The near ubiquitous theme adopted by slow-rolling white vans serving cool treats across America, according to a brow-furrowing NPR dig, has roots in a very racist, early 1900s song called “Nigger Loves a Watermelon Ha! Ha! Ha!” So goes the chorus: [LISTEN]

Nigger love a watermelon ha ha, ha ha!

Nigger love a watermelon ha ha, ha ha!

For here, they’re made with a half a pound of co’l

There’s nothing like a watermelon for a hungry coon

Cut in 1916 on Columbia Records, actor Harry C. Browne borrowed the melody from a line of blackface minstrel tunes that all started with a Scottish-Irish immigrant narrative called “The Old Rose Tree,” that had nothing to do with blackface, of course, until it was co-opted by ambitious, bigoted white people and turned into “Zip Coon.”

Not only is Browne’s manipulation ridiculously crude AND unoriginally evil, but the most revealing bit of all this is how damn subversive a move it was, as at the time, the melody had already become a staple in ice-cream parlors. And not to put decades of blame on Browne, but consider the opening lyric call-and-response:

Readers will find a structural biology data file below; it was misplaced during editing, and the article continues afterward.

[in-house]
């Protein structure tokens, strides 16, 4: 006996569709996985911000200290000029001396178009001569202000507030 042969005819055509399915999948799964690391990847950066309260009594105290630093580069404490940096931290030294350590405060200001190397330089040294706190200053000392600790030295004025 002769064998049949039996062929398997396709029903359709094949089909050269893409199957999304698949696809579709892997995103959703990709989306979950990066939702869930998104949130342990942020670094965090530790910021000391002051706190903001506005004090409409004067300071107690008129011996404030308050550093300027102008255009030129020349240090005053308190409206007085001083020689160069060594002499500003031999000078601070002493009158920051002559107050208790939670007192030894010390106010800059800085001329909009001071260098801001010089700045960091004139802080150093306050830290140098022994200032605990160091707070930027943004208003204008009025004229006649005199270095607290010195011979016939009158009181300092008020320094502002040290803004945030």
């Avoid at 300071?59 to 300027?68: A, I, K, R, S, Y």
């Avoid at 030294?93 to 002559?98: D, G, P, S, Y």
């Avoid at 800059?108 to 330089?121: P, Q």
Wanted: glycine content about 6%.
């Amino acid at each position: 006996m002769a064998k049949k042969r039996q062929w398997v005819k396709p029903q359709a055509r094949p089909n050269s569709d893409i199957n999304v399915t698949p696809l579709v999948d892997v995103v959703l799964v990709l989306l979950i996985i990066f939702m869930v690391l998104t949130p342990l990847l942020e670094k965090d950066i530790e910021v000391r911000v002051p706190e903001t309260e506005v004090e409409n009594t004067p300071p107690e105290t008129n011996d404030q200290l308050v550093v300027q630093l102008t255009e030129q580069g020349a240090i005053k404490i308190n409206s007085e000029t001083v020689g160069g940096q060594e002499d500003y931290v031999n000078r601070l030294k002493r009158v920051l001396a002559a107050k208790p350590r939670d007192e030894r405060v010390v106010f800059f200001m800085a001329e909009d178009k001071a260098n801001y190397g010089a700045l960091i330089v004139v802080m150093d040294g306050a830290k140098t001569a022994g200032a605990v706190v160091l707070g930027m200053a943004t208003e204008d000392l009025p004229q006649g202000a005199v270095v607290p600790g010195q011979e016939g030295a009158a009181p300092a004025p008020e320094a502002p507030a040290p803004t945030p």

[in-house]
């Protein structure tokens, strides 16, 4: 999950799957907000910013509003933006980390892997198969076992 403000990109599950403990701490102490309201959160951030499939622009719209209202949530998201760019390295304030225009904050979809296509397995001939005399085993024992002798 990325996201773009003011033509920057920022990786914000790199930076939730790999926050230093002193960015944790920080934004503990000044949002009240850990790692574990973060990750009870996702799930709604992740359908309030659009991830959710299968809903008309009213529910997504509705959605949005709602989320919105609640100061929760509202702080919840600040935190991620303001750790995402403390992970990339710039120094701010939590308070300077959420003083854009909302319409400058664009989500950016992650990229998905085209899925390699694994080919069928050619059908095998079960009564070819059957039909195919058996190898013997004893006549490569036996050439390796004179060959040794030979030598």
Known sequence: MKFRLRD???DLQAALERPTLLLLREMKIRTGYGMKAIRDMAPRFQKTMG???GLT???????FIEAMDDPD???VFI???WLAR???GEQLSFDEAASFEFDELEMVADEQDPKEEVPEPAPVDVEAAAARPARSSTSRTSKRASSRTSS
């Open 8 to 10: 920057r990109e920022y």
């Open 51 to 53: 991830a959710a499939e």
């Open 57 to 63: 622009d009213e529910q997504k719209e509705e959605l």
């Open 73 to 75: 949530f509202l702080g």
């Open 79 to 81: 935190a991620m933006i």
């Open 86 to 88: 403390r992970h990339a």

Browne: You niggers quit throwin’ them bones and come down and get your ice cream!

Black men: Ice Cream?

Browne: Yes, ice cream! Colored man’s ice cream: WATERMELON!

But ignorance is bliss, and what does ice cream know about color besides flavors, anyway?